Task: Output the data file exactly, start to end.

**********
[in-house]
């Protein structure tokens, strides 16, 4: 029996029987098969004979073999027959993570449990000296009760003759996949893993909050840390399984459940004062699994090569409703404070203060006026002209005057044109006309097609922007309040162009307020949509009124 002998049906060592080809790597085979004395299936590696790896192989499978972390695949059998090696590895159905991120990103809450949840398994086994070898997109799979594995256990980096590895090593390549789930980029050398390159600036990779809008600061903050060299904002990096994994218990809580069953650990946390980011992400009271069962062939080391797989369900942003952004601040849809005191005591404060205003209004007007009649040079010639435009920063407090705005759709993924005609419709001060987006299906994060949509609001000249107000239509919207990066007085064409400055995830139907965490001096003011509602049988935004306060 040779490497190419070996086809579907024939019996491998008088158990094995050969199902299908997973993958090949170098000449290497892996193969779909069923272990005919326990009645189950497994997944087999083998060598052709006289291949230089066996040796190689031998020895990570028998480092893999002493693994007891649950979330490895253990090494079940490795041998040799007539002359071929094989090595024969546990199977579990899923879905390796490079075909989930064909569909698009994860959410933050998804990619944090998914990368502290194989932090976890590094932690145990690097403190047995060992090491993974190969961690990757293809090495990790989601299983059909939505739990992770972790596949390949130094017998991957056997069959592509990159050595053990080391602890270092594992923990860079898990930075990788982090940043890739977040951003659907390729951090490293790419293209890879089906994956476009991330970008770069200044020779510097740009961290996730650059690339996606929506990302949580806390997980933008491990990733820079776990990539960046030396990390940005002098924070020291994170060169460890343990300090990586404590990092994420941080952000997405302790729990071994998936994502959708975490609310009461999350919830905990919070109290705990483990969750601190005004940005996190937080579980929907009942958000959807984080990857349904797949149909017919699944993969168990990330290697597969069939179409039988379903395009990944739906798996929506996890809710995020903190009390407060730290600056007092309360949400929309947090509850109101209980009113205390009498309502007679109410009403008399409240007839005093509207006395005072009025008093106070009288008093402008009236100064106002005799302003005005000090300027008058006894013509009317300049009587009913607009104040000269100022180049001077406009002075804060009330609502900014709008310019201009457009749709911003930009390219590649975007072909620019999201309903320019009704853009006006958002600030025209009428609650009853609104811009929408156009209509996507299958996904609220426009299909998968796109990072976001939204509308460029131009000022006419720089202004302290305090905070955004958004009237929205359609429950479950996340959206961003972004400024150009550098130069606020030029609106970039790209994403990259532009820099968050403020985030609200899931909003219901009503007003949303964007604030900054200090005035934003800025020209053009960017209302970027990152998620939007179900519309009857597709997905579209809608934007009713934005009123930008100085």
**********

[in-house]
């Protein structure tokens, strides 16, 4: 029996029987098969004979073999027959993570449990000296009760003759996949893993909050840390399984459940004062699994090569409703404070203060006026002209005057044109006309097609922007309040162009307020949509009124 002998049906060592080809790597085979004395299936590696790896192989499978972390695949059998090696590895159905991120990103809450949840398994086994070898997109799979594995256990980096590895090593390549789930980029050398390159600036990779809008600061903050060299904002990096994994218990809580069953650990946390980011992400009271069962062939080391797989369900942003952004601040849809005191005591404060205003209004007007009649040079010639435009920063407090705005759709993924005609419709001060987006299906994060949509609001000249107000239509919207990066007085064409400055995830139907965490001096003011509602049988935004306060 040779490497190419070996086809579907024939019996491998008088158990094995050969199902299908997973993958090949170098000449290497892996193969779909069923272990005919326990009645189950497994997944087999083998060598052709006289291949230089066996040796190689031998020895990570028998480092893999002493693994007891649950979330490895253990090494079940490795041998040799007539002359071929094989090595024969546990199977579990899923879905390796490079075909989930064909569909698009994860959410933050998804990619944090998914990368502290194989932090976890590094932690145990690097403190047995060992090491993974190969961690990757293809090495990790989601299983059909939505739990992770972790596949390949130094017998991957056997069959592509990159050595053990080391602890270092594992923990860079898990930075990788982090940043890739977040951003659907390729951090490293790419293209890879089906994956476009991330970008770069200044020779510097740009961290996730650059690339996606929506990302949580806390997980933008491990990733820079776990990539960046030396990390940005002098924070020291994170060169460890343990300090990586404590990092994420941080952000997405302790729990071994998936994502959708975490609310009461999350919830905990919070109290705990483990969750601190005004940005996190937080579980929907009942958000959807984080990857349904797949149909017919699944993969168990990330290697597969069939179409039988379903395009990944739906798996929506996890809710995020903190009390407060730290600056007092309360949400929309947090509850109101209980009113205390009498309502007679109410009403008399409240007839005093509207006395005072009025008093106070009288008093402008009236100064106002005799302003005005000090300027008058006894013509009317300049009587009913607009104040000269100022180049001077406009002075804060009330609502900014709008310019201009457009749709911003930009390219590649975007072909620019999201309903320019009704853009006006958002600030025209009428609650009853609104811009929408156009209509996507299958996904609220426009299909998968796109990072976001939204509308460029131009000022006419720089202004302290305090905070955004958004009237929205359609429950479950996340959206961003972004400024150009550098130069606020030029609106970039790209994403990259532009820099968050403020985030609200899931909003219901009503007003949303964007604030900054200090005035934003800025020209053009960017209302970027990152998620939007179900519309009857597709997905579209809608934007009713934005009123930008100085």